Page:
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Tuesday, August 28, 2018

Kyrie Irving: Little Mountain, son of Lost Bird adoptee


Kyrie [Irving] stunned members of the tribe in 2016 when he said in an interview with ESPN that his mother was a member. That sent the elders scrambling to identify a lineage, and they found his grandparents and great-grandparents from the White Mountain family in the Standing Rock reservation in South Dakota.
Irving supported the tribe’s fight against the Dakota Access Pipeline two years ago and has had the tribe’s logo tattooed on the back of his neck. Earlier this year, he released a version of his Nike signature shoe that featured the logo as well. Last year, Irving made a six-figure donation to the tribe.
The tribe and Irving have been working since April to put together a time for him to come and take part in a naming ceremony, which is sacred in Native American culture.
ESPN
Brian Windhorst (??!?) was on the scene in North Dakota yesterday.
From the AP, we get a few more details.
In Lakota, Irving’s name, ‘Little Mountain’ is ‘Hela’ (roughly: HEY-law), and his sister, Asia’s, name, ‘Buffalo Woman’, is ‘Tatanka Winyan’ (roughly: ta-TONG-ka WIN-yan). ‘Winyan’, ‘woman’, is perhaps most familiar to the rest of us in the derived form used to refer to one’s oldest daughter: ‘Winona’.
Kyrie had apparently known of his tribal heritage for a while before acknowledging it publicly during the Dakota Access Pipeline protests in 2016. His mother was adopted out of the tribe as a child, a practice that was common at the time, but which was sharply curtailed by the Indian Child Welfare Act in 1978.
On his mother’s side, Kyrie and his sister are members of White Mountain family which is itself a part of the Hunkpapa band of the Lakota Sioux; Sitting Bull is probably the best known member of the band.

The tribe occupies some of the worst land in the Dakotas. The Sioux were, according to the 1868 Laramie Treaty, granted all of Dakota Territory west of the Missouri River, including the Black Hills. When George A. Custer’s expedition confirmed that there was gold in the Hills, the Army first put up a half-hearted effort to keep trespassers out of the Hills, before taking possession of them and protecting prospectors and others from the Lakota who objected to their presence.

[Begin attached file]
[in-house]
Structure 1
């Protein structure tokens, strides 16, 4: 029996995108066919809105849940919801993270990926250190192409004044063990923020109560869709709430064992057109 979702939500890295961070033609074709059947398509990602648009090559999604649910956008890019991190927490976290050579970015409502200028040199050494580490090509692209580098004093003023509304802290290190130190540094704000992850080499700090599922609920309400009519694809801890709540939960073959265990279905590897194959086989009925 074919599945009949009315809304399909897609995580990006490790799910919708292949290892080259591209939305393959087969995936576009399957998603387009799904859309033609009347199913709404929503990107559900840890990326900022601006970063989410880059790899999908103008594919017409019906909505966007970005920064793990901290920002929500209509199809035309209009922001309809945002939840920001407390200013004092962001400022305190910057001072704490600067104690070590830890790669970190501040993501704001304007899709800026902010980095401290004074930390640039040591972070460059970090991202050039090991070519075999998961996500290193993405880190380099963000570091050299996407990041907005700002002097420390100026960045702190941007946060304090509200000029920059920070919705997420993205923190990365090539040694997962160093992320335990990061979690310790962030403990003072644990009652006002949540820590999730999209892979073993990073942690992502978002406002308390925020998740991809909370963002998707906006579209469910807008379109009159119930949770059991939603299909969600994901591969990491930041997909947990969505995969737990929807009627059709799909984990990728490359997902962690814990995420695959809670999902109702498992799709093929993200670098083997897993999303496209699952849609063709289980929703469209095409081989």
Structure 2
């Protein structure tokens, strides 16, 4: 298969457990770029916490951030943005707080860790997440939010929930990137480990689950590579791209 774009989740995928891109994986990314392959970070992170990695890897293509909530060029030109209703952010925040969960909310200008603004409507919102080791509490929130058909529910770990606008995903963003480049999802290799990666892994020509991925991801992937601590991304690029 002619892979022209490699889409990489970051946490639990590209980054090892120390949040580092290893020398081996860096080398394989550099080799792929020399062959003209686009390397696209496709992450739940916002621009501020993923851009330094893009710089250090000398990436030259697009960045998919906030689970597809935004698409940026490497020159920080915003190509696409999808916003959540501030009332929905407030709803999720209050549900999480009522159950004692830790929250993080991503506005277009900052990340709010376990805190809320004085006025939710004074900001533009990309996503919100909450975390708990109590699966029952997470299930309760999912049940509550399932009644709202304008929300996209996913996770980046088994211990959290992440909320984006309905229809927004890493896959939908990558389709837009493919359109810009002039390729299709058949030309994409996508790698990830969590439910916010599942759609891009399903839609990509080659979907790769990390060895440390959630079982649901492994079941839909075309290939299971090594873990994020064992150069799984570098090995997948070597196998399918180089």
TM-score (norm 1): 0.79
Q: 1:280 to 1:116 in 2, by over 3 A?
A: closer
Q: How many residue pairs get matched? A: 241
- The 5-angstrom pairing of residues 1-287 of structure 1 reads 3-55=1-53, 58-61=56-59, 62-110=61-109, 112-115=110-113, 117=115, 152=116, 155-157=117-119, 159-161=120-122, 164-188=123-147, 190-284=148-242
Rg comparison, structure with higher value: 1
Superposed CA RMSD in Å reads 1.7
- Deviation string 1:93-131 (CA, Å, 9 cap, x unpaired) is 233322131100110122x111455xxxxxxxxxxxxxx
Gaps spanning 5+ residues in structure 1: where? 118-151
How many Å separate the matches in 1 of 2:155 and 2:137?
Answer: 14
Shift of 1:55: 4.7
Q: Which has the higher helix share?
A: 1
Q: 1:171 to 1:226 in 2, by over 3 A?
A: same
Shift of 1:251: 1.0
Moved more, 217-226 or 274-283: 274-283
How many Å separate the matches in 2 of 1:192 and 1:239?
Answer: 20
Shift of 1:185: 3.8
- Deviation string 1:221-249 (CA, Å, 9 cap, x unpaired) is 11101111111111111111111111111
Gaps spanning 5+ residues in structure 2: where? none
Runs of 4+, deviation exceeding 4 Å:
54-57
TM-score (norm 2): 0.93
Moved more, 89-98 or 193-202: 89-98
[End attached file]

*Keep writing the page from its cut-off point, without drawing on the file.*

Although the US had de facto, if not de jure, possession of the Black Hills, they were content to leave the rest of the Lakota reservation alone. However, passage of the Dawes act–which most famously opened up Oklahoma for homesteaders–led to a similar gutting of reservation lands in South Dakota.
What was left for Natives was the most unproductive land available. Such members of the tribes as had an inclination to learn how to farm and raise stock were forced to do so on the most marginal of land which was marginal for those purposes to begin with. The South Dakota Badlands, for example, occupy about a third of the land allocated to the bands of the Pine Ridge reservation.

At present, only about one out of a thousand U.S. citizens identify as Native American and their suffering is more or less invisible to the rest of the country. Life expectancy for those born onto the Pine Ridge reservation is less than 67 years. Unemployment is reportedly 60% on the Standing Rock, where 40% of the population is below the poverty line.

The pipeline protests of 2016 are perhaps illustrative of the occasional interest shown in Native issues. For a short period, any number of people embraced some Native phrases, and camped out along the Missouri River professing solidarity. When the protests ended, they left behind a gigantic mess and more or less forgot about the tribe, having done absolutely nothing to improve the plight of the people they were ostensibly there to support.

This is not a post about political parties, about who’s right and who’s wrong. This isn’t about blaming people of one particular set of political beliefs for a course of neglect and mistreatment that has gone on for over 200 years and for which people of all political stripes bear a measure of responsibility. This post is about the manifest suffering of ethnic groups that were more or less wiped out by the United States over the course of a century. It’s about the horrific world of Indian Health Services, the mismanagement of trust funds, and broken treaties.

What you choose to do with this information is up to you, but you need to know what life is like on these reservations.

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